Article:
Dr Else–Mariëtte van Heijningen and colleagues from the Netherlands investigated adenoma and colonoscopy characteristics that are associated with recurrent colorectal neoplasia based on data from community-based surveillance practice.
The research team analyzed data of 2990 consecutive patients newly diagnosed with adenomas from 1988 to 2002 at 10 hospitals throughout The Netherlands.
Medical records were reviewed until 2008.
The team reported that they excluded patients with hereditary colorectal cancer syndromes, a history of colorectal cancer, inflammatory bowel disease, or without surveillance data.
The research team analyzed associations among adenoma number, size, grade of dysplasia, villous histology, and location with recurrence of advanced adenoma and nonadvanced adenoma.
|Adenoma number had the greatest association with nonadvanced adenoma|
The researchers performed a multivariable multinomial logistic regression analysis to estimate odds ratios and 95% confidence intervals.
During the surveillance period, 203 patients were diagnosed with advanced adenoma and 954 patients with nonadvanced adenoma.
The remaining 1833 patients had no adenomas during a median follow-up of 48 months.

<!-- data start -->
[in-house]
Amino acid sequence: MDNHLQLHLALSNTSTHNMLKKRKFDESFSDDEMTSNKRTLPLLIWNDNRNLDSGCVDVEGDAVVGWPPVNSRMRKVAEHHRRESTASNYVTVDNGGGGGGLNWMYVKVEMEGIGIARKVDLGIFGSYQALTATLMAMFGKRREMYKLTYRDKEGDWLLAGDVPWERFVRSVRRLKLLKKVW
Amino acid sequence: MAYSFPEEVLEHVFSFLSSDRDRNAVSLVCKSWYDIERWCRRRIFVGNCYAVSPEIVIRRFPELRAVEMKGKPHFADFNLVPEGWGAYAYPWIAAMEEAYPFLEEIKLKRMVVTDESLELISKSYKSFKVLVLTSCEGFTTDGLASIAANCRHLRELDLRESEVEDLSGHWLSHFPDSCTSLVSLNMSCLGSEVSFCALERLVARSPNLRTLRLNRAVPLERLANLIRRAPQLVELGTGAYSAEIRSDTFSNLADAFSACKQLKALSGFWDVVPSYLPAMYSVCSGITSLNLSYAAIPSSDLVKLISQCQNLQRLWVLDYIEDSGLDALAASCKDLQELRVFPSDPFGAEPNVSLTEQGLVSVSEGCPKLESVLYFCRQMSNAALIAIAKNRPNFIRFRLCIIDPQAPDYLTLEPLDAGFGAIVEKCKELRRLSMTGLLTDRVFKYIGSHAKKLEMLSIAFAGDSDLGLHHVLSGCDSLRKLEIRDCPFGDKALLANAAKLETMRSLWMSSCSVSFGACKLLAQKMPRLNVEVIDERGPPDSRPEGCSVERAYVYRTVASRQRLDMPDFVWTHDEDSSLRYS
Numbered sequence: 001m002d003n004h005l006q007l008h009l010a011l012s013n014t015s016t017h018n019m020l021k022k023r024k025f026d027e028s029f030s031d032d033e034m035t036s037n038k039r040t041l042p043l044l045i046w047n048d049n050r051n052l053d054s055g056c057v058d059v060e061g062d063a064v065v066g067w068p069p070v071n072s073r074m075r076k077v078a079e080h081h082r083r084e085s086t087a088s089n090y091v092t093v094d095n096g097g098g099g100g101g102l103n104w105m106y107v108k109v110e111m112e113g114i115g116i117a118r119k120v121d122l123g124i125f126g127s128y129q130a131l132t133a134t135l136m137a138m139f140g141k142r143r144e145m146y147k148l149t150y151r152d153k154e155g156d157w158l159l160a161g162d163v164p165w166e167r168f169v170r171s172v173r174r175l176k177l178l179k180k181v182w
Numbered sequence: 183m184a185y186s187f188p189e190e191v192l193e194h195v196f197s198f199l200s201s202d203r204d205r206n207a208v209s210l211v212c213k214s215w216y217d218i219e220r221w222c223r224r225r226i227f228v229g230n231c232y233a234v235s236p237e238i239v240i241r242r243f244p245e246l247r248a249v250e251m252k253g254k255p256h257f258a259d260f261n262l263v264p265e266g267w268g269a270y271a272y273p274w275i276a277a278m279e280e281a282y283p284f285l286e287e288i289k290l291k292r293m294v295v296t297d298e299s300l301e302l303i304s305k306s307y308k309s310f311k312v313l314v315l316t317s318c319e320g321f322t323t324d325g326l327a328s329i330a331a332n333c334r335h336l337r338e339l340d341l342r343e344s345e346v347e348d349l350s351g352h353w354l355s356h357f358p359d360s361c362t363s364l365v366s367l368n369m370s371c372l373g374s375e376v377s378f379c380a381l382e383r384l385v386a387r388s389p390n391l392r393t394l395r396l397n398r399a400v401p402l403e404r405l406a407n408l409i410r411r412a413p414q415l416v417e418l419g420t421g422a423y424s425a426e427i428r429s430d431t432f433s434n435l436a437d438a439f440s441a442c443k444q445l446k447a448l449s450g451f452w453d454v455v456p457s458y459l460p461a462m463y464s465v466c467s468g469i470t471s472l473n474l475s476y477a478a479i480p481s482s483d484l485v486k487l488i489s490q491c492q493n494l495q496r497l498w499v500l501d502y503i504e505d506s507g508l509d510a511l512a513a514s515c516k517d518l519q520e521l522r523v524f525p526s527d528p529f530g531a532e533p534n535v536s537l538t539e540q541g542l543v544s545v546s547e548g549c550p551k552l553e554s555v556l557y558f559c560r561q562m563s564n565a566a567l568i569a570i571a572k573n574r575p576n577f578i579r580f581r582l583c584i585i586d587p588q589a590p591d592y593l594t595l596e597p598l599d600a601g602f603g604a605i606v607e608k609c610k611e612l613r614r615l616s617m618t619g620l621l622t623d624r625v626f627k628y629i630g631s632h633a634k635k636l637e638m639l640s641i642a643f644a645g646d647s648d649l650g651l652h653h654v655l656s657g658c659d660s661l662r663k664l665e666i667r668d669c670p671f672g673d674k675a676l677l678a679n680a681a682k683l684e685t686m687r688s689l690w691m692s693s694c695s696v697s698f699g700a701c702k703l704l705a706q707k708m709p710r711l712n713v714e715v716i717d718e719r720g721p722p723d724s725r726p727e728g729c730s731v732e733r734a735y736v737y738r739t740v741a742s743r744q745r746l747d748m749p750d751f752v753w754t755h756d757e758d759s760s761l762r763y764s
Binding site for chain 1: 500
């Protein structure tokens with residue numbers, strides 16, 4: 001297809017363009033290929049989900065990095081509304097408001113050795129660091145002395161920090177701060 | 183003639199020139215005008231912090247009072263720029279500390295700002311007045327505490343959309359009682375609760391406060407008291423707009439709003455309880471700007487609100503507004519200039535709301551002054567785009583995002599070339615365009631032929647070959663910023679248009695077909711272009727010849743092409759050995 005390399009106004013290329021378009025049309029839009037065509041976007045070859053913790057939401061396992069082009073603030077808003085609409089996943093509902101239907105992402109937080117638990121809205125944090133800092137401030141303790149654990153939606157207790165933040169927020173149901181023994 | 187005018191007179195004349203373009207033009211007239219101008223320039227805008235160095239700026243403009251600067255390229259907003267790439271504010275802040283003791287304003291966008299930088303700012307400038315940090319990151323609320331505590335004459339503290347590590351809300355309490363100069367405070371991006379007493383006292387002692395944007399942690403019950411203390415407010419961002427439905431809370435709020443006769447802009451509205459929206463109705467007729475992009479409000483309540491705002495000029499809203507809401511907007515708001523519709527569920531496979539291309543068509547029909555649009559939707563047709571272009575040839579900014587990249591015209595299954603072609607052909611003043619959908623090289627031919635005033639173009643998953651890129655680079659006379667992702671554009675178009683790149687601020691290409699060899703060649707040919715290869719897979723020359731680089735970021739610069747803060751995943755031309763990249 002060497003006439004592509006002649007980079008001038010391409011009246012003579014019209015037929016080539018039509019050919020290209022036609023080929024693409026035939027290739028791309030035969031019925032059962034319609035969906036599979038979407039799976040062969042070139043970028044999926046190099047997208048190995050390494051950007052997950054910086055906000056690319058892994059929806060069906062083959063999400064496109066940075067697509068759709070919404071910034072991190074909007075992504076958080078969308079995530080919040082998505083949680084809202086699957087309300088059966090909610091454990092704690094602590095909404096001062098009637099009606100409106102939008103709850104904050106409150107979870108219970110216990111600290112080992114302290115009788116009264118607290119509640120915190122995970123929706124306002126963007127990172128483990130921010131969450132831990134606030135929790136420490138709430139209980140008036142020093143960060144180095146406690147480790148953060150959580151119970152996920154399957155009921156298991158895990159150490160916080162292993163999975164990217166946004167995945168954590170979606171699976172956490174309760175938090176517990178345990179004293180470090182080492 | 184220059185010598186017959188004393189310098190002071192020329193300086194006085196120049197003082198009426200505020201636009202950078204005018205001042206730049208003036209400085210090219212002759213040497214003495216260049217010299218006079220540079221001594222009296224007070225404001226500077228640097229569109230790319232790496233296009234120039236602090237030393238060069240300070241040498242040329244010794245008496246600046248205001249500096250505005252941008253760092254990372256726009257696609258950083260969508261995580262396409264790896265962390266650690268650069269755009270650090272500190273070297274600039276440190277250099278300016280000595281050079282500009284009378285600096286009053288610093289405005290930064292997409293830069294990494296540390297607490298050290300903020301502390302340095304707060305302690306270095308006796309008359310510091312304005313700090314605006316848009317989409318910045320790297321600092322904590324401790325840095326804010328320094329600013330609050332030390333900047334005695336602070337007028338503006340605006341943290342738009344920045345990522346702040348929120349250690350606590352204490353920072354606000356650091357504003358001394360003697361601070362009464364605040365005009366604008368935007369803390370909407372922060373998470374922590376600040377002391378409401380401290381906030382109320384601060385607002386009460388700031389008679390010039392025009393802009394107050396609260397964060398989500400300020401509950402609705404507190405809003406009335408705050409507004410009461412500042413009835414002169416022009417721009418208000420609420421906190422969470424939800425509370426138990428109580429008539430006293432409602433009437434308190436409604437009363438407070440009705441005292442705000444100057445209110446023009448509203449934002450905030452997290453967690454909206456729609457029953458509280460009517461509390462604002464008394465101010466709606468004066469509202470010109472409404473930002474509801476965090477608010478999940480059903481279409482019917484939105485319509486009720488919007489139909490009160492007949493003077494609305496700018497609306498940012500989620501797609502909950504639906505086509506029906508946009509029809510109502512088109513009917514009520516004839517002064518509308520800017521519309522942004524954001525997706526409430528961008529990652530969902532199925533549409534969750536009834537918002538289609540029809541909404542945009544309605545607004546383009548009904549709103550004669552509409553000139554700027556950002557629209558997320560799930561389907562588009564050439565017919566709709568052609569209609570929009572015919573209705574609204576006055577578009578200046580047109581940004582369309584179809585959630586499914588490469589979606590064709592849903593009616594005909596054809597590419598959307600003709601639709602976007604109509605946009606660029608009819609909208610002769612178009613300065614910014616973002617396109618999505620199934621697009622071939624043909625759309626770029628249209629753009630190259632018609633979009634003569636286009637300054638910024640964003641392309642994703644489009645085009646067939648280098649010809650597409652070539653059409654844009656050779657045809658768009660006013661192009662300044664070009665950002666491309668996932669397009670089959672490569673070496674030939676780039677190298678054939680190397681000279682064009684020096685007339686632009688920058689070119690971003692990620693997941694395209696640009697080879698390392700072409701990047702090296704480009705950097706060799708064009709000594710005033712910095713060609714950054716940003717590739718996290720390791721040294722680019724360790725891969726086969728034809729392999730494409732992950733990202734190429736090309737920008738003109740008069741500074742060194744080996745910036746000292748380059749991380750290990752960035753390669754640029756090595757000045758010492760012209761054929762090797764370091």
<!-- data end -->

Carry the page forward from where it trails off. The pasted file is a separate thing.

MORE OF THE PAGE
The doctors found that factors associated with advanced adenoma during the surveillance period included baseline number of adenomas, adenoma size 10 mm, villous histology, proximal location, insufficient bowel preparation, and only distal colonoscopy reach.
Adenoma number had the greatest association with nonadvanced adenoma.
The team observed that high-grade dysplasia was not associated with advanced adenoma or nonadvanced adenoma.
Dr van Heijningen's team concludes, "Large size and number, villous histology, proximal location of adenomas, insufficient bowel preparation, and poor colonoscopy reach were associated with detection of advanced adenoma during surveillance based on data from community-based practice."
"These characteristics should be used jointly to develop surveillance policies for adenoma patients."